My commiserations. The most definite no in life is, other than the one Debbie G. gave me 37 years and 2 months ago, no good deed goes unpunished. (g)
 

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After reading your tale of woe, it's easy to tell you are English ! No one else talks like that ! Cheers, Mate
You'd best apologise before he reads that...he's an Aussie. Same as a Brit but they go for the post-pubescent rather than the prepubescent.. :) :) :)
 

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Super Fuzzy Moderator
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Discussion Starter · #7 ·
Mr Porter you are almost correct in that me muvva is English loik.....born in London she was....but most importantly of good Yorkshire stock.

Most of me is stolidly Orstrylian but mixed in there are Irish and even (dare I say it) American.....USAian.....whispers quietly so no one can here...Bostonian genes as well.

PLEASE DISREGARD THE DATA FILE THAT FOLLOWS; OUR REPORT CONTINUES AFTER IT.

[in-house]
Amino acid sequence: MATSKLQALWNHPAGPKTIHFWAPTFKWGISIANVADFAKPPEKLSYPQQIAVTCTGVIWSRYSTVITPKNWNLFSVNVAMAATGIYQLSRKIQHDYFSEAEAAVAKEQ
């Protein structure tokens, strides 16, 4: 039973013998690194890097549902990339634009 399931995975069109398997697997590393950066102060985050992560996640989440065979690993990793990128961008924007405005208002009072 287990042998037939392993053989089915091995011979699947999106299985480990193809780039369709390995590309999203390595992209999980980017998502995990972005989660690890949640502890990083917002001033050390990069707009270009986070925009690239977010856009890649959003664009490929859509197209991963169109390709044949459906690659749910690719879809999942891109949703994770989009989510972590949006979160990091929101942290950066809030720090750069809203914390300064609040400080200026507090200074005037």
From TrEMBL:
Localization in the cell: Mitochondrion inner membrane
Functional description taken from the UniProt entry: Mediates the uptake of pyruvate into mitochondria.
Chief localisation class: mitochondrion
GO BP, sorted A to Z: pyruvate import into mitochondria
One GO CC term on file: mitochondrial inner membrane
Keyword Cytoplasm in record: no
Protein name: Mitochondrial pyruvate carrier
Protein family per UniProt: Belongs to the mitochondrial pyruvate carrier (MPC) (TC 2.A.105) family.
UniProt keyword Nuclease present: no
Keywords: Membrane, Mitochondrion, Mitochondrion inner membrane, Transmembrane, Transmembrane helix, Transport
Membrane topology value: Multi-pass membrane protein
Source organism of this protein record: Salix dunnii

Hey Sway....who do the Bostonians vote for ? Please don't tell me I come from good Republican stock....please.....

and thank you for setting the record straight Mr Sailorman....

ps - Sway , you are of course correct...softening the sucker up was my big mistake...not the manly thing to do really....should've gone straight in for the kill.
 

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Siren 17
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We're laughing with you, mate, not at you. I'm currently on my third repair of the house air conditioner in a year. The house doesn't have gas yet but it's on the street but I don't want to spend the money piping the house so just replace the heat strips, six months later just replace the coils, three months and I just ordered a new condenser fan motor. Oh well should last until I'm ready to pipe for gas right?